This is, after all, the most critical time for her to learn – and the most important opportunity I have to help shape a person who will stand a better chance at serving her country as non-smoking, home-owning college graduate who hasn’t been to jail and is a money-making member of the national workforce who will help pay for my retirement thanks to her role in keeping our economy from tanking!
I had, admittedly, never looked at my daughter, in this light before: as an investment in my country’s (and thus my own) financial future.
A member of the Summit audience asked Mandel after his keynote address last Tuesday: “Why is it important to talk about early childhood investment in the language of economics? What about the language we usually use to talk about education – the language of values, community connections and fundamental social institutions?”
Mandel responded that, to elicit honest action from the political establishment, legitimacy within the realm of business and finance must be built for the cause.
“You must resist the urge to put a halo around the word ‘community,” he said. “We must have this discussion from the point of view of a community’s economic success,” and not, presumably, from the point of view of building a community just by supporting programs that educate its youngest citizens.
His point, like it or not, was that support for this cause must be assembled in the arena of business and finance in order to bring about bona fide change. And I think he’s right, at least when the problem of lacking early childhood education is tackled at the national level.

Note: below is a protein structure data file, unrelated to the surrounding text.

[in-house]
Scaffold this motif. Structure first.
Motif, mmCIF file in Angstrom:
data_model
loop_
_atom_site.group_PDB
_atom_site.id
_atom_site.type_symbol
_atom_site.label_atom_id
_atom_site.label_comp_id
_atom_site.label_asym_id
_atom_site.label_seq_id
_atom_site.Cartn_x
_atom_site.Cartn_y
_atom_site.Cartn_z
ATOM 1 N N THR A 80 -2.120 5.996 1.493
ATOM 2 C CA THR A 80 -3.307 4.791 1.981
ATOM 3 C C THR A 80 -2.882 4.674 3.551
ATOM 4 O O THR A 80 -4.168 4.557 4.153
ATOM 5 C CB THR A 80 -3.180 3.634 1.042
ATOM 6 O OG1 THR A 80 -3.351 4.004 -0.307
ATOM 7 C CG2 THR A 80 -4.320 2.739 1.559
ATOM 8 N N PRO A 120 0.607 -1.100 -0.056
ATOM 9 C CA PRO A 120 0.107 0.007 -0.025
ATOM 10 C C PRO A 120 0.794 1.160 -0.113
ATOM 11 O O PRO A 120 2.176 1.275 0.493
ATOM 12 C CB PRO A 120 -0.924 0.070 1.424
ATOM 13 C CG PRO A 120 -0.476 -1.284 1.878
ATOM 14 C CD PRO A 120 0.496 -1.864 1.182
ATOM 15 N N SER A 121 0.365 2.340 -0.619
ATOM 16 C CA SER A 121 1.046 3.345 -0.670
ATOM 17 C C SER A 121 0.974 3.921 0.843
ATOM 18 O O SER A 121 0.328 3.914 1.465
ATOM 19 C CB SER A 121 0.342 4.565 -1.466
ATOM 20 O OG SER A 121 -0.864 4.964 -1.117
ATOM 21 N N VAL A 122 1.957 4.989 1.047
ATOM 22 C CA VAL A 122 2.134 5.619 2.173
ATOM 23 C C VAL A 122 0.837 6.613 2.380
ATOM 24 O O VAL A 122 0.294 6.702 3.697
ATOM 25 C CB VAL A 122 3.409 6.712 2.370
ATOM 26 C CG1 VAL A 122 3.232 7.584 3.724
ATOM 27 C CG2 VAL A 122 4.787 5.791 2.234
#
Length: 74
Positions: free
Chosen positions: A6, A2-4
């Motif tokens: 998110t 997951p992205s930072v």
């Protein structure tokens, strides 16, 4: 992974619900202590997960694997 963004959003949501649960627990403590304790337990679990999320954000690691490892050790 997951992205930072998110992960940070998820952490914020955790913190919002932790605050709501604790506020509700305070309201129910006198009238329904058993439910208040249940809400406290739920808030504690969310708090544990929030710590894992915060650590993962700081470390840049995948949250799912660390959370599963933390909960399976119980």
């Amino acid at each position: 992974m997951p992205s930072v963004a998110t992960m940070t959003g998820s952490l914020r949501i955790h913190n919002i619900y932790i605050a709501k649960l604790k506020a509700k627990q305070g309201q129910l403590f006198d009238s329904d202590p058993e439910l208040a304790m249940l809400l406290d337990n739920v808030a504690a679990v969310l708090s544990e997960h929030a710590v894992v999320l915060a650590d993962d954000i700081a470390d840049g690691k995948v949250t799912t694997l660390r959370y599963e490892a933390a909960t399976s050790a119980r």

But I also believe the language of community is still spoken in the chambers of small town governments, like those in Mountain Village. Last week, TMVOA awarded the soon-to-be-constructed Mountain Munchkins preschool $30,000 – despite pressures to reduce spending in its 2010 budget. This follows the Town of Mountain Village’s $380,000 contribution to the project, through its donation of a two-bedroom Village Court apartment for use as the new preschool space. When it opens next year, the new Mountain Munchkins preschool will help allay some of the region’s early childcare needs by providing 14 more preschool spots.
I doubt that TMVOA and the Town of Mountain Village based their decision to help fund this project just on their belief that a new preschool would benefit the town economically, at least not immediately. Perhaps the members of these two governments inherently understand the value, both social and economic, of investing in early childhood education. Maybe these two governing bodies are ahead of the national curve in recognizing the merit of investing in programs that educate young children. As a registered voter in Mountain Village, I’m proud these two governments have made providing strong educational foundations for our community’s children a priority; it shows that our town government understands both the language of community as well as the language of economics. And since Elle now stands a better chance at attending a high-quality preschool in a few years, I’m feeling less pressure to get her started on Latin, although some Robert Frost poems before bedtime may not be a bad idea.